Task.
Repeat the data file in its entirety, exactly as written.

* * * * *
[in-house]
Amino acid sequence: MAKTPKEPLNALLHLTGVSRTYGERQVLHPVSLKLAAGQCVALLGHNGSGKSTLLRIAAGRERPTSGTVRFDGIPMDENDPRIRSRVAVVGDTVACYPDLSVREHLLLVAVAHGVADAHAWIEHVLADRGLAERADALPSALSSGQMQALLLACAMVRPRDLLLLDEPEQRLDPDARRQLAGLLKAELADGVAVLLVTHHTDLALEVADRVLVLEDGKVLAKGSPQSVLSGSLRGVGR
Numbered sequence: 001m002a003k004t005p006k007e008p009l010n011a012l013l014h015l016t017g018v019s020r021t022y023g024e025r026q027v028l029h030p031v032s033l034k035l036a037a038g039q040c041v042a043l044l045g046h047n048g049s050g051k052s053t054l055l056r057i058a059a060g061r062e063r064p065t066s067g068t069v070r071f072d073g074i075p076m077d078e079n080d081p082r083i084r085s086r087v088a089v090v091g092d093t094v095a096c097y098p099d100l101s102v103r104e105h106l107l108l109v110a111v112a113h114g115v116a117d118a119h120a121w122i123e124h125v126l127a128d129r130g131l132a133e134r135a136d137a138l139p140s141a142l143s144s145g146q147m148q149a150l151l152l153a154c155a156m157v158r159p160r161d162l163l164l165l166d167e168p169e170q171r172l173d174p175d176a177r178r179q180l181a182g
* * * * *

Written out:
[in-house]
Amino acid sequence: MAKTPKEPLNALLHLTGVSRTYGERQVLHPVSLKLAAGQCVALLGHNGSGKSTLLRIAAGRERPTSGTVRFDGIPMDENDPRIRSRVAVVGDTVACYPDLSVREHLLLVAVAHGVADAHAWIEHVLADRGLAERADALPSALSSGQMQALLLACAMVRPRDLLLLDEPEQRLDPDARRQLAGLLKAELADGVAVLLVTHHTDLALEVADRVLVLEDGKVLAKGSPQSVLSGSLRGVGR
Numbered sequence: 001m002a003k004t005p006k007e008p009l010n011a012l013l014h015l016t017g018v019s020r021t022y023g024e025r026q027v028l029h030p031v032s033l034k035l036a037a038g039q040c041v042a043l044l045g046h047n048g049s050g051k052s053t054l055l056r057i058a059a060g061r062e063r064p065t066s067g068t069v070r071f072d073g074i075p076m077d078e079n080d081p082r083i084r085s086r087v088a089v090v091g092d093t094v095a096c097y098p099d100l101s102v103r104e105h106l107l108l109v110a111v112a113h114g115v116a117d118a119h120a121w122i123e124h125v126l127a128d129r130g131l132a133e134r135a136d137a138l139p140s141a142l143s144s145g146q147m148q149a150l151l152l153a154c155a156m157v158r159p160r161d162l163l164l165l166d167e168p169e170q171r172l173d174p175d176a177r178r179q180l181a182g